"Indigenous people continued to resist by burning settlements and killing and capturing settlers. As an incentive to recruit fighters, colonial authorities introduced a program of scalp hunting that became a permanent and long-lasting element of settler warfare against Indigenous nations. During the Pequot War, Connecticut and Massachusetts colonial officials had offered bounties initially for the heads of murdered Indigenous people and later for only their scalps, which were more portable in large numbers. But scalp hunting became routine only in the mid-1670’s, following an incident on the northern frontier of the Massachusetts colony. The practice began in earnest in 1697 when settler Hannah Dustin, having murdered ten of her Abenaki captors in a nighttime escape, presented their ten scalps to the Massachusetts General Assembly and was rewarded with bounties for two men, two women, and six children.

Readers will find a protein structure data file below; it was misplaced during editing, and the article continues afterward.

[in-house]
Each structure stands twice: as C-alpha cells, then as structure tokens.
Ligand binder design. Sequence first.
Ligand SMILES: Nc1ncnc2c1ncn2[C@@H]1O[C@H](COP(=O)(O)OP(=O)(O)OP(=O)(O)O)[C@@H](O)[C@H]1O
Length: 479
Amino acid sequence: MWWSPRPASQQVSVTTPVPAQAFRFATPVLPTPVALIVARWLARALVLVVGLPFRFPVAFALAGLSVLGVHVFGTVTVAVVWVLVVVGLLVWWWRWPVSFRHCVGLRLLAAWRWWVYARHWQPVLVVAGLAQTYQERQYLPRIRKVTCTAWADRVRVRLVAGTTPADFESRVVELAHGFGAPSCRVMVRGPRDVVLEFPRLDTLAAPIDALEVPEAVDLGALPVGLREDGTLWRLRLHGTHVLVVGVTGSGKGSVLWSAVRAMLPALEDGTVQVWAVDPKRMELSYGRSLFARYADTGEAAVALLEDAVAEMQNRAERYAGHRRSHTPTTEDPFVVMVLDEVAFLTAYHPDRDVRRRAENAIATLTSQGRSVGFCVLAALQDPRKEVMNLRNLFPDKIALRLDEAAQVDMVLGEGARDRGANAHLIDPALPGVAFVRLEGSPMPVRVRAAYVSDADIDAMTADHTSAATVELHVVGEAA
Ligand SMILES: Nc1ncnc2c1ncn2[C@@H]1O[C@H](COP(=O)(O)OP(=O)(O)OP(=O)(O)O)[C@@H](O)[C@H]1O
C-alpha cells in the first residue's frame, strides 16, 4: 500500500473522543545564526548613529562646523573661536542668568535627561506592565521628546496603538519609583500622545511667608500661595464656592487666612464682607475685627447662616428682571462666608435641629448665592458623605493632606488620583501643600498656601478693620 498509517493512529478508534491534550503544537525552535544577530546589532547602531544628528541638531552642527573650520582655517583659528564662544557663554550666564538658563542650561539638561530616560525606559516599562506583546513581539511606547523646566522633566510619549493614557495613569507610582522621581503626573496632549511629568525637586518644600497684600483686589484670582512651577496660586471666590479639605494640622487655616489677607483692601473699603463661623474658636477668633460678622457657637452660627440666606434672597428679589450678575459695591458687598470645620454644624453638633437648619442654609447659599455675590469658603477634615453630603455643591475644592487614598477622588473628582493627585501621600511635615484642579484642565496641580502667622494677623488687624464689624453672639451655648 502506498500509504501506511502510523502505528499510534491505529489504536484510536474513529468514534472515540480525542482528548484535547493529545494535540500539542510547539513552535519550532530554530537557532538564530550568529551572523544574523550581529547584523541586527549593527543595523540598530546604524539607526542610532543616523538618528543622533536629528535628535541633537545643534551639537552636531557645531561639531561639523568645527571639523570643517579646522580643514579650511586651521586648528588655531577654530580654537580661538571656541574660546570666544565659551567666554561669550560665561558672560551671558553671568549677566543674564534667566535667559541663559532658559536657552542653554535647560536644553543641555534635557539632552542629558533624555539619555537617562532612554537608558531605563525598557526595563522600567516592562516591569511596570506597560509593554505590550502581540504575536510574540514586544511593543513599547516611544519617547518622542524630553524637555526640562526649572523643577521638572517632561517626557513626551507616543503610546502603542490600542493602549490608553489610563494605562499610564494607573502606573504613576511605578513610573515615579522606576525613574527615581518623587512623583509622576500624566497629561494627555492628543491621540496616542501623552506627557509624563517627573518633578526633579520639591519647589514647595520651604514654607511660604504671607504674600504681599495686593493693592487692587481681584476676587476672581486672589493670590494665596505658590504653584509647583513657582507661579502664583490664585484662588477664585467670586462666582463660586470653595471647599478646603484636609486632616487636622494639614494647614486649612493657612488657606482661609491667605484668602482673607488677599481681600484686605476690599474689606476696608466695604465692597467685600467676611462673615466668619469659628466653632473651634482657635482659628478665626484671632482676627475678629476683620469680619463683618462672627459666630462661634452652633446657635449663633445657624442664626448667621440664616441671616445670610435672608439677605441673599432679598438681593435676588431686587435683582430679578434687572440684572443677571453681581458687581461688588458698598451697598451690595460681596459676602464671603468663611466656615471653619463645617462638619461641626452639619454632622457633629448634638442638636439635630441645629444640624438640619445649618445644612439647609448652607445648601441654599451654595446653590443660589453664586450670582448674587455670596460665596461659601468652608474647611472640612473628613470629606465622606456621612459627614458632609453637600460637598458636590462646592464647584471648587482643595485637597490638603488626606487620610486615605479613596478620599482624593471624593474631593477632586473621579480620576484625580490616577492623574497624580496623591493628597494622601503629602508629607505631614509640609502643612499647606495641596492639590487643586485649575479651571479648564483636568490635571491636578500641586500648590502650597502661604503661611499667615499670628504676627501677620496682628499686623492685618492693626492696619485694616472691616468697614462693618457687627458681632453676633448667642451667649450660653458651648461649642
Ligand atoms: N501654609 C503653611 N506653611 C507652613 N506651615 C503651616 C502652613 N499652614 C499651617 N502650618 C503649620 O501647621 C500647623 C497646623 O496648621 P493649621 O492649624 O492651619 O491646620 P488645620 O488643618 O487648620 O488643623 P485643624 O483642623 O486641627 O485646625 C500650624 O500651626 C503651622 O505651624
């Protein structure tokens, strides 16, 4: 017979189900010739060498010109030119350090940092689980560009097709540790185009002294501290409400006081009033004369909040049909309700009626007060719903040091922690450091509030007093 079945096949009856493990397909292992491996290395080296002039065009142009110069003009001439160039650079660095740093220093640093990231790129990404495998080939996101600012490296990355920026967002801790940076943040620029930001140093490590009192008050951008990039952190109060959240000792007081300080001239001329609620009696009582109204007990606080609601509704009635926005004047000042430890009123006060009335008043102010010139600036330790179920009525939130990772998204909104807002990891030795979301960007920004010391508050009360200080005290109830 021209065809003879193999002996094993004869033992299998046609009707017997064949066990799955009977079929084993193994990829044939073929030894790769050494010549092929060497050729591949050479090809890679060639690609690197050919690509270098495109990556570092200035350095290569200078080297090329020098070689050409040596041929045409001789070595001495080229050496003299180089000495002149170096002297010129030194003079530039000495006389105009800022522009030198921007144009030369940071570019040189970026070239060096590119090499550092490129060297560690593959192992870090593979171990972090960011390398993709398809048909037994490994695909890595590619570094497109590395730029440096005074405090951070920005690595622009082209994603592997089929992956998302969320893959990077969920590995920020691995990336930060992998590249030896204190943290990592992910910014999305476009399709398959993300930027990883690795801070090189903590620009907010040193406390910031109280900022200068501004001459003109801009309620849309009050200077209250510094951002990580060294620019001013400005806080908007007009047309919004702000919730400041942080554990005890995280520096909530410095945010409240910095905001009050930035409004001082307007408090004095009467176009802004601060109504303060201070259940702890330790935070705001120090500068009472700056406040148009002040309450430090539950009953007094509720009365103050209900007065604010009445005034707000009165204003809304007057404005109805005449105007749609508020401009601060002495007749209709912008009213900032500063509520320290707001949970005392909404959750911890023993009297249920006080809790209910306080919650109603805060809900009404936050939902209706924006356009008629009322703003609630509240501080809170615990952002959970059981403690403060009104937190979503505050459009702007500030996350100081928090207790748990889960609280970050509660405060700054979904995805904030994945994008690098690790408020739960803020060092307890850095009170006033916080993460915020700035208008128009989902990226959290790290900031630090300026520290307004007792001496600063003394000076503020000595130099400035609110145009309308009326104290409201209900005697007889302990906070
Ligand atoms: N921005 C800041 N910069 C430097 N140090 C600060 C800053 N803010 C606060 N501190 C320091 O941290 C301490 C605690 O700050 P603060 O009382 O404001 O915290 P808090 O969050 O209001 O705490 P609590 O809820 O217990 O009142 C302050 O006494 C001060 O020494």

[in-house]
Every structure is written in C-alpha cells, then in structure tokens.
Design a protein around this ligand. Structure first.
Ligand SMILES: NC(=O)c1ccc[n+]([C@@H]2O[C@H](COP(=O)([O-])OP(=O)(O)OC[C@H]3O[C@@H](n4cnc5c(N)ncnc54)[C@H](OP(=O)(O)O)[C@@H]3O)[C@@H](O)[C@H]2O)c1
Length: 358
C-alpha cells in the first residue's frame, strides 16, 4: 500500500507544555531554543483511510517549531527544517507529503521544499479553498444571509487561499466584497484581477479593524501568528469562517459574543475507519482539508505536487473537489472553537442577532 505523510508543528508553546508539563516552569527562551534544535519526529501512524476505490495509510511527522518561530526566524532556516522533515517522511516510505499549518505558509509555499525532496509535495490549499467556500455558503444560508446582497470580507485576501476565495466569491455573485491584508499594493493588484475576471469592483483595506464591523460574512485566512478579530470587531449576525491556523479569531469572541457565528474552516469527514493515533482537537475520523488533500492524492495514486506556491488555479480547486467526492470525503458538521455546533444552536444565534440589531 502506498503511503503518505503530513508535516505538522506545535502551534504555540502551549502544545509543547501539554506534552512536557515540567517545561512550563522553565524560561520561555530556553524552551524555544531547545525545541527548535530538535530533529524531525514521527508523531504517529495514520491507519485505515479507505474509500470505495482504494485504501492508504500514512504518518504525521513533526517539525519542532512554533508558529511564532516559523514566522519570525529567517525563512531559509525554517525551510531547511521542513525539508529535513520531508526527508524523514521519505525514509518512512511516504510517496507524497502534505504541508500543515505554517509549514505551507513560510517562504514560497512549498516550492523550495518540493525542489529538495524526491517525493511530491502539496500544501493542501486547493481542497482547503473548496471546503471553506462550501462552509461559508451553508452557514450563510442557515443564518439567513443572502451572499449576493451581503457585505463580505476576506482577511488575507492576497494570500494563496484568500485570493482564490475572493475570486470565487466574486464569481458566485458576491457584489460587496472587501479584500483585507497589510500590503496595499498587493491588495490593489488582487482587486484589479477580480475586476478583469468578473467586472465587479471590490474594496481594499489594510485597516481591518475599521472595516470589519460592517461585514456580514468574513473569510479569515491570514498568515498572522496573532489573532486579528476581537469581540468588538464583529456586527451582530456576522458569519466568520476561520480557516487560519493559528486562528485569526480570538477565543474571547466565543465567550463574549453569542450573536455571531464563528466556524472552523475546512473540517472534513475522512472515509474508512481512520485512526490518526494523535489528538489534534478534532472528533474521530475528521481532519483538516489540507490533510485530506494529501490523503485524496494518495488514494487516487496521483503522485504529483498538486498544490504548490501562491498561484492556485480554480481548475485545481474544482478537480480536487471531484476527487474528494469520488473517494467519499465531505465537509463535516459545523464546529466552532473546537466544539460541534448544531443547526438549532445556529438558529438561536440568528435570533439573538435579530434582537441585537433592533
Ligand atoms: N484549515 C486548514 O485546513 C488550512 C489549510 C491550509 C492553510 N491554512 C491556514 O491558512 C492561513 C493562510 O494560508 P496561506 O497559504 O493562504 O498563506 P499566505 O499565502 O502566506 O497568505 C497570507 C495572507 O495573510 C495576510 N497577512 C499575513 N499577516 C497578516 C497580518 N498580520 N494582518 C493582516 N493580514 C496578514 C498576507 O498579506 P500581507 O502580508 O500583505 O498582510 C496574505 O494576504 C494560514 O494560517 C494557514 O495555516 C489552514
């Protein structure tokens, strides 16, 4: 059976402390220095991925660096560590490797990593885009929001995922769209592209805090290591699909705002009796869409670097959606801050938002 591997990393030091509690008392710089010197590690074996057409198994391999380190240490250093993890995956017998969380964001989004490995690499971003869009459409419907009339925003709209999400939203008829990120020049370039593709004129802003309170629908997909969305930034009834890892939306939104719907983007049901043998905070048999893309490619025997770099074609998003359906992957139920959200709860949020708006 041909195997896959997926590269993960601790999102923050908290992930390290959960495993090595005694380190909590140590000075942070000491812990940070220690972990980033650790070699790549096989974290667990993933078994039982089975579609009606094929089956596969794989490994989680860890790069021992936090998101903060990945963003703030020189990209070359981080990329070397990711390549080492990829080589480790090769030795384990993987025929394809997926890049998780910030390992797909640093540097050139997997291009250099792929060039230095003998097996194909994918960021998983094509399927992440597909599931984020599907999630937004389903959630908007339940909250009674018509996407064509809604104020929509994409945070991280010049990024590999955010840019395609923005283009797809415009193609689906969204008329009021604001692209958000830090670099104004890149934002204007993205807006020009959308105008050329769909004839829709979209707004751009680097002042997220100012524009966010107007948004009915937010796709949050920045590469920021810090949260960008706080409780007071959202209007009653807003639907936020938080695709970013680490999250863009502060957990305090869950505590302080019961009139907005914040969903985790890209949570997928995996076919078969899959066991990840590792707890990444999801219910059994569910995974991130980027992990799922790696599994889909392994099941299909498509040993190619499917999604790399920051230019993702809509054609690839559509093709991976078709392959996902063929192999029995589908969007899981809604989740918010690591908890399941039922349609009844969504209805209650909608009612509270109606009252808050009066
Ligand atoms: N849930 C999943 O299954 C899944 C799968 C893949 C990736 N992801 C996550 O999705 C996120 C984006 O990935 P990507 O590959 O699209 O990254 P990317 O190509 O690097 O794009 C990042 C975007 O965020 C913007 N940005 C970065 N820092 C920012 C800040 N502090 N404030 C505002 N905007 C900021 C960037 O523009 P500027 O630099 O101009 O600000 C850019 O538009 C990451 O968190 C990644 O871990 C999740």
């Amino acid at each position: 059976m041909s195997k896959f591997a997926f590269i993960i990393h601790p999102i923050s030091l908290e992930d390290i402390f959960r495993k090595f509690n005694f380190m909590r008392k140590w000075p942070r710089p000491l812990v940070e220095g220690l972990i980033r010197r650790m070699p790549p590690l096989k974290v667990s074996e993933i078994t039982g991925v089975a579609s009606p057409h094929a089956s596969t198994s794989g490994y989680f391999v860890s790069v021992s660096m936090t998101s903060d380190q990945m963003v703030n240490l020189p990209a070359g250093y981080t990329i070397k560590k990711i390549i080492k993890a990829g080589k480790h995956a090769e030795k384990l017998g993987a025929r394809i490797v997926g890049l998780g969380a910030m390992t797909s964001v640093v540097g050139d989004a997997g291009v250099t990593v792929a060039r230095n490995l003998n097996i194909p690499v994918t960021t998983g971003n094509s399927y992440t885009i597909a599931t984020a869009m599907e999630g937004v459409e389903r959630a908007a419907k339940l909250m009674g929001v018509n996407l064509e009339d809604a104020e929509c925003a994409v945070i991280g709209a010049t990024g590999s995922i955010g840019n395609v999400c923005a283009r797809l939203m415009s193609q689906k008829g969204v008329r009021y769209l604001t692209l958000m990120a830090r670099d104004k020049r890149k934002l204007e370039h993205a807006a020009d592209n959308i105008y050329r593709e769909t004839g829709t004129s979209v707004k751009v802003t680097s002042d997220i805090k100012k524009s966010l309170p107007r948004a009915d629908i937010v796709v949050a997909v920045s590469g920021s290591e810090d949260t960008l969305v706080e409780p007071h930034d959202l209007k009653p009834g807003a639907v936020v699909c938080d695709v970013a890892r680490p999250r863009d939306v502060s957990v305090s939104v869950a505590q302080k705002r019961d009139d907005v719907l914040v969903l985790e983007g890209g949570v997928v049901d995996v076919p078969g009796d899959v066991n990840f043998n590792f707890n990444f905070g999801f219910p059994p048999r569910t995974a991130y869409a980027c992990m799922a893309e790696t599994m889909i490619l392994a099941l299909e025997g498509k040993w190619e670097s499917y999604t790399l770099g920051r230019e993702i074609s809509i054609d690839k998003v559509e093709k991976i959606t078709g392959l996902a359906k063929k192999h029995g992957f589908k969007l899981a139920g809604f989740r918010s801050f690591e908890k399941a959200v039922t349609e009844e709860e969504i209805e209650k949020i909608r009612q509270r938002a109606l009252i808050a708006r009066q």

Dustin soon became a folk hero among New England settlers. Scalp hunting became a lucrative commercial practice. The settler authorities had hit upon a way to encourage settlers to take off on their own or with a few others to gather scalps, at random, for the reward money. “In the process,” John Grenier points out, “they established the large-scale privatization of war within American frontier communities.” Although the colonial government in time raised the bounty for adult male scalps, lowered that for adult females, and eliminated that for Indigenous children under ten, the age and gender of victims were not easily distinguished by their scalps nor checked carefully. What is more, the scalp hunter could take the children captive and sell them into slavery. These practices erased any remaining distinction between Indigenous combatants and noncombatants and introduced a market for Indigenous slaves. Bounties for Indigenous scalps were honored even in absence of war. Scalps and Indigenous children became means of exchange, currency, and this development may even have created a black market. Scalp hunting was not only a profitable privatized enterprise but also a means to eradicate or subjugate the Indigenous population of the Anglo-American Atlantic seaboard. The settlers gave a name to the mutilated and bloody corpses they left in the wake of scalp-hunts: redskins.